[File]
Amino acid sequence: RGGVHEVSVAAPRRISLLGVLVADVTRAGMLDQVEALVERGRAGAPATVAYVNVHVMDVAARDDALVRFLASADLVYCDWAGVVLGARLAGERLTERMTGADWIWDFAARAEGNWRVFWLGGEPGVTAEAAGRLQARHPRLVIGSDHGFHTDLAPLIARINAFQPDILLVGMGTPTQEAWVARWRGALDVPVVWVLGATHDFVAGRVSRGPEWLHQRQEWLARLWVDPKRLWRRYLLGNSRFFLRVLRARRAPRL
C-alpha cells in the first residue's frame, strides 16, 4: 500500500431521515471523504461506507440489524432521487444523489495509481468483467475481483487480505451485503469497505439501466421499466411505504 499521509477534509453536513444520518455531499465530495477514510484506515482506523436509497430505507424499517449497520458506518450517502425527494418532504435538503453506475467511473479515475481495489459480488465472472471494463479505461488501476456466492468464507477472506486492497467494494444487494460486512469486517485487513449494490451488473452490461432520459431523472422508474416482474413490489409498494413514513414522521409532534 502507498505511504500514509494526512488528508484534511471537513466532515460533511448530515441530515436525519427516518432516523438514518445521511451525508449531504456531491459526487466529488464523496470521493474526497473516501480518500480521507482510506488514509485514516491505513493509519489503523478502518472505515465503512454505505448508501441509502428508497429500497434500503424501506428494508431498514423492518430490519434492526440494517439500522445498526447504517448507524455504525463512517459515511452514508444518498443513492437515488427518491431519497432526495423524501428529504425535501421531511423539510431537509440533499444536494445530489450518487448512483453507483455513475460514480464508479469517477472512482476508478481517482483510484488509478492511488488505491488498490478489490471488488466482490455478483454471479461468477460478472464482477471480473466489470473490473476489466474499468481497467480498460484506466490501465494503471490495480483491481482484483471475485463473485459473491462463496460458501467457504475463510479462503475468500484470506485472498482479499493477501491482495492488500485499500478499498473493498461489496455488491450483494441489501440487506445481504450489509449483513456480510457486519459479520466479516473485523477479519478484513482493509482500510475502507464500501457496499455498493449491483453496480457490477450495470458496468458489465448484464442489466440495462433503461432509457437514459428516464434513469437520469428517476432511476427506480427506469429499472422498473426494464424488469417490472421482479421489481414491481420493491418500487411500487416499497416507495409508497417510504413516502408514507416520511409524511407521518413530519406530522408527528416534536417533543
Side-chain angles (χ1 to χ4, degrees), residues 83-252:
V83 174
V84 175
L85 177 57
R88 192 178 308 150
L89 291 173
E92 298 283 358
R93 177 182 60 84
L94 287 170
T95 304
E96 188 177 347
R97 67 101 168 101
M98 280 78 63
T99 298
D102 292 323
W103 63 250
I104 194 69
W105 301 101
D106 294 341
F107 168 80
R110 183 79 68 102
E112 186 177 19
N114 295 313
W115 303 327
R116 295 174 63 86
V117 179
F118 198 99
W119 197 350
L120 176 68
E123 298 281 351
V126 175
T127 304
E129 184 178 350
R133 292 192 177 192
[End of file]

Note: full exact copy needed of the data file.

Amino acid sequence: RGGVHEVSVAAPRRISLLGVLVADVTRAGMLDQVEALVERGRAGAPATVAYVNVHVMDVAARDDALVRFLASADLVYCDWAGVVLGARLAGERLTERMTGADWIWDFAARAEGNWRVFWLGGEPGVTAEAAGRLQARHPRLVIGSDHGFHTDLAPLIARINAFQPDILLVGMGTPTQEAWVARWRGALDVPVVWVLGATHDFVAGRVSRGPEWLHQRQEWLARLWVDPKRLWRRYLLGNSRFFLRVLRARRAPRL
C-alpha cells in the first residue's frame, strides 16, 4: 500500500431521515471523504461506507440489524432521487444523489495509481468483467475481483487480505451485503469497505439501466421499466411505504 499521509477534509453536513444520518455531499465530495477514510484506515482506523436509497430505507424499517449497520458506518450517502425527494418532504435538503453506475467511473479515475481495489459480488465472472471494463479505461488501476456466492468464507477472506486492497467494494444487494460486512469486517485487513449494490451488473452490461432520459431523472422508474416482474413490489409498494413514513414522521409532534 502507498505511504500514509494526512488528508484534511471537513466532515460533511448530515441530515436525519427516518432516523438514518445521511451525508449531504456531491459526487466529488464523496470521493474526497473516501480518500480521507482510506488514509485514516491505513493509519489503523478502518472505515465503512454505505448508501441509502428508497429500497434500503424501506428494508431498514423492518430490519434492526440494517439500522445498526447504517448507524455504525463512517459515511452514508444518498443513492437515488427518491431519497432526495423524501428529504425535501421531511423539510431537509440533499444536494445530489450518487448512483453507483455513475460514480464508479469517477472512482476508478481517482483510484488509478492511488488505491488498490478489490471488488466482490455478483454471479461468477460478472464482477471480473466489470473490473476489466474499468481497467480498460484506466490501465494503471490495480483491481482484483471475485463473485459473491462463496460458501467457504475463510479462503475468500484470506485472498482479499493477501491482495492488500485499500478499498473493498461489496455488491450483494441489501440487506445481504450489509449483513456480510457486519459479520466479516473485523477479519478484513482493509482500510475502507464500501457496499455498493449491483453496480457490477450495470458496468458489465448484464442489466440495462433503461432509457437514459428516464434513469437520469428517476432511476427506480427506469429499472422498473426494464424488469417490472421482479421489481414491481420493491418500487411500487416499497416507495409508497417510504413516502408514507416520511409524511407521518413530519406530522408527528416534536417533543
Side-chain angles (χ1 to χ4, degrees), residues 83-252:
V83 174
V84 175
L85 177 57
R88 192 178 308 150
L89 291 173
E92 298 283 358
R93 177 182 60 84
L94 287 170
T95 304
E96 188 177 347
R97 67 101 168 101
M98 280 78 63
T99 298
D102 292 323
W103 63 250
I104 194 69
W105 301 101
D106 294 341
F107 168 80
R110 183 79 68 102
E112 186 177 19
N114 295 313
W115 303 327
R116 295 174 63 86
V117 179
F118 198 99
W119 197 350
L120 176 68
E123 298 281 351
V126 175
T127 304
E129 184 178 350
R133 292 192 177 192